Don’t overlook a game that may be surprising for its competitiveness as Purdue hosts Cincinnati [BTN 12:00] with a rare opportunity to emerge from the shadows of Big Ten afterthought. Senior DT Jake Replogle has been the Boilermakers’ rock on defense for three years and will be counted on, along with a front seven that returns all its primary players from ’15, to bottle up the running game and force a host of new Bearcat receivers to beat Purdue through the air. On offense, Boilermaker QB David Blough has begun his second season in concerning fashion, averaging only 5.7 yards per attempt (#94 in the country)–a familiar, frustrating look to fans in West Lafayette after averaging 5.4 in 2015. For Cincinnati, a team with some buzz and hopes of competing for the honor of likely facing Houston in the conference championship, a loss here spells doom for their chances of winning the American East.
Keep an eye on the scoreboard. Last week, it was Western Michigan out of the MAC West who took down Northwestern (thanks to a questionable turnover-on-touchback call), and this week the strong Group of 5 division has another, slimmer chance as Central Michigan travels to Stillwater [Central Michigan at #22 Oklahoma State, FS1 12:00]. Make some time for a matchup that could as easily erupt into a four TD romp for the home team as it could threaten an upset, but games like these on seemingly docile Saturdays can be more dangerous than most expect. The Chippewas play stouter defense than is usually found in the MAC, and Oklahoma State, for all its offensive firepower (#5 preseason), continues to display surprising weakness in the run game after averaging 3.6 yards per carry in ’15 and only 3.8 YPC against SE Louisiana in their opener.
After the conclusions of the noon games, get your first look at Urban Meyer’s Buckeyes [Tulsa at Ohio State, ABC 3:30] after the young-but-elite talent, led by veteran QB J.T. Barrett, throttled a Bowling Green team that is one of the country’s most diminished compared to last season (19-point drop in preseason power rating with the loss of HC Dino Babers, QB Matt Johnson, and WR Roger Lewis). No matter how far the Falcons have plummeted, what the Buckeyes did was undeniably impressive, producing touchdowns on 11 of 14 drives.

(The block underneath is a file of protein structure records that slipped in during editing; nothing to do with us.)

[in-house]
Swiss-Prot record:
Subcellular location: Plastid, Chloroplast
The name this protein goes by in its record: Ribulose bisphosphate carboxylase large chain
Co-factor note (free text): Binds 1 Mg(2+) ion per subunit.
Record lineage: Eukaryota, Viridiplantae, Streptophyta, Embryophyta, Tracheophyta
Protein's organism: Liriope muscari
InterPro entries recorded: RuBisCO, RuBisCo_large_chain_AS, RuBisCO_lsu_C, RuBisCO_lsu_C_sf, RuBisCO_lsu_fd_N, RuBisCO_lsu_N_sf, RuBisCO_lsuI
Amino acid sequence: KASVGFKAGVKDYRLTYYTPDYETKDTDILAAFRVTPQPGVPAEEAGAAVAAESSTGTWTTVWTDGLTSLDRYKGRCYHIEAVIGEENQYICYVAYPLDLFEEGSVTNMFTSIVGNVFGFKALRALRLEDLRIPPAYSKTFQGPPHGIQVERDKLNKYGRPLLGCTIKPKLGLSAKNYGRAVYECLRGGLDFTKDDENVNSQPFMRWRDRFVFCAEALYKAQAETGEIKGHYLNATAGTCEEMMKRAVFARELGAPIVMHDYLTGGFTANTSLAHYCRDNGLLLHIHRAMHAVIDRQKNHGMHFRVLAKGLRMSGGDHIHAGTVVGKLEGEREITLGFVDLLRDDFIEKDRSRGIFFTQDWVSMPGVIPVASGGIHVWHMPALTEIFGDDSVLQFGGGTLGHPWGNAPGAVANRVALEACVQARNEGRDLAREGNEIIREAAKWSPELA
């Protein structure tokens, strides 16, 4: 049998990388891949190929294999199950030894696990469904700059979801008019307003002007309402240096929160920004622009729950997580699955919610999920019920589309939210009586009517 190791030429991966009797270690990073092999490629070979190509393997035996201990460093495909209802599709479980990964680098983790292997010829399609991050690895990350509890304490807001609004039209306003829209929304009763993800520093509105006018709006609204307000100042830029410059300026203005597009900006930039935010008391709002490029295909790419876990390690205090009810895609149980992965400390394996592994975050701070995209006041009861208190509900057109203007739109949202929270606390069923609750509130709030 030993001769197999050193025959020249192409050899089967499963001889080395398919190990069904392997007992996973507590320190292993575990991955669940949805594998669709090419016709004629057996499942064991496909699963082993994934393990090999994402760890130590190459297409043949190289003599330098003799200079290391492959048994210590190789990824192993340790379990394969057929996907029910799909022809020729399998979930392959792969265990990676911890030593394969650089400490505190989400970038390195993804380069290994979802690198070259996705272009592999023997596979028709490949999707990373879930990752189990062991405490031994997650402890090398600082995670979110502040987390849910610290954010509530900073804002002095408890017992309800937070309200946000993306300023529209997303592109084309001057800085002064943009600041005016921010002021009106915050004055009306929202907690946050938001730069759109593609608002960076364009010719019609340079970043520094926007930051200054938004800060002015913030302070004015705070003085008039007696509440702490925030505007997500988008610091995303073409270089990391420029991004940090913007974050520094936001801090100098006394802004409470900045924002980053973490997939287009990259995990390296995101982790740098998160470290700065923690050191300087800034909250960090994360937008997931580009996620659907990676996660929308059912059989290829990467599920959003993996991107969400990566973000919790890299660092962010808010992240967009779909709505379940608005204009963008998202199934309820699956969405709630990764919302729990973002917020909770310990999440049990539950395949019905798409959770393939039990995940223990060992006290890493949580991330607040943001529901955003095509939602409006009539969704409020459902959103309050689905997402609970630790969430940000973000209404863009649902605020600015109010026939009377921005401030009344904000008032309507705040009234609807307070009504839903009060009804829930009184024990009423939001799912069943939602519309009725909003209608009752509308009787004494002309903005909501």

Tulsa arrives with the preseason #25 offense and a defense, expected to be bottom 10 in the FBS, that offered a cautious glimmer of hope in a 45-10 rout of San Jose State. Ohio State’s offense is a different animal, which the Tulsa defense can’t hold long enough to give the Golden Hurricane much hope of an upset (4%), but three-year starting QB Dane Evans has enough skill talent and wherewithal to exploit chinks in the Buckeye armor and score enough points to sour Meyer’s gameday mood.
Flip back and forth to catch a conference clash between Wake Forest and Duke [ESPNU 3:30], two teams expected to finish near the bottom of their respective ACC divisions. There is little reason to believe in Wake after eking by Tulane 7-3, so use this slot to evaluate freshman Duke QB Daniel Jones, forced into action because of another unfortunate injury to dual-threat senior Thomas Sirk. Against overmatched NC Central, Jones put up big efficiency numbers without needing to put in much work (15 pass attempts, 2 carries). Though the Demon Deacon offensive woes will spoil their season, they do have a Top 30-caliber defense that provides the perfect litmus test for Jones and the Blue Devil offense before Duke hits the road to close out September against Northwestern and Notre Dame.
The most consequential games kick off Saturday evening, starting with the potential upending of a Big XII favorite [★★ Arkansas at #15 TCU, ESPN 7:00]. Both the Razorbacks and Horned Frogs hobble into this game blemished by uninspiring Week 1 performances: TCU’s hyped defense surrendered 41 points to FCS power South Dakota State, and Arkansas barely survived an inexperienced Louisiana Tech team that shouldn’t have given them any problems in Fayetteville.
Arkansas must get substantial improvement from the OL (2.8 median yards per carry vs LA Tech) and the running game, which limped to a shocking 132 yard output, excluding sacks. Meanwhile, TCU’s new-look offense had no problems moving the ball under Texas A&M transfer Kenny Hill’s guidance, but Arkansas fields a borderline Top 10 defense that has the ability to stonewall the TCU ground game and force them to be one-dimensional.
The Holy War [★ BYU at Utah, FOX 7:30] got bigger thanks to a middle-of-the-night BYU field goal with a few seconds remaining to edge Arizona, 18-16. A week ago we wrote about BYU’s season being defined by a handful of plays in close games–the first went in their favor and notched them a win. Now they have a shot at another Pac12 South school, this one with greater current stature than Arizona. Kyle Whittingham’s Utes consistently play fierce defense (24-0 Week 1 shutout of FCS Southern Utah) and elite special teams (97th percentile in 2015), which means they can win with mediocre offense. New QB Troy Williams, replacing 4-year starter Travis Wilson, played well in his debut, but the run game post-Devontae Booker was largely stymied and may struggle against the Cougar front. Utah is the favorite at 70% win probability due to home field, defense, and special teams, but BYU has a gamer at QB in Taysom Hill and a flair for dramatic finishes.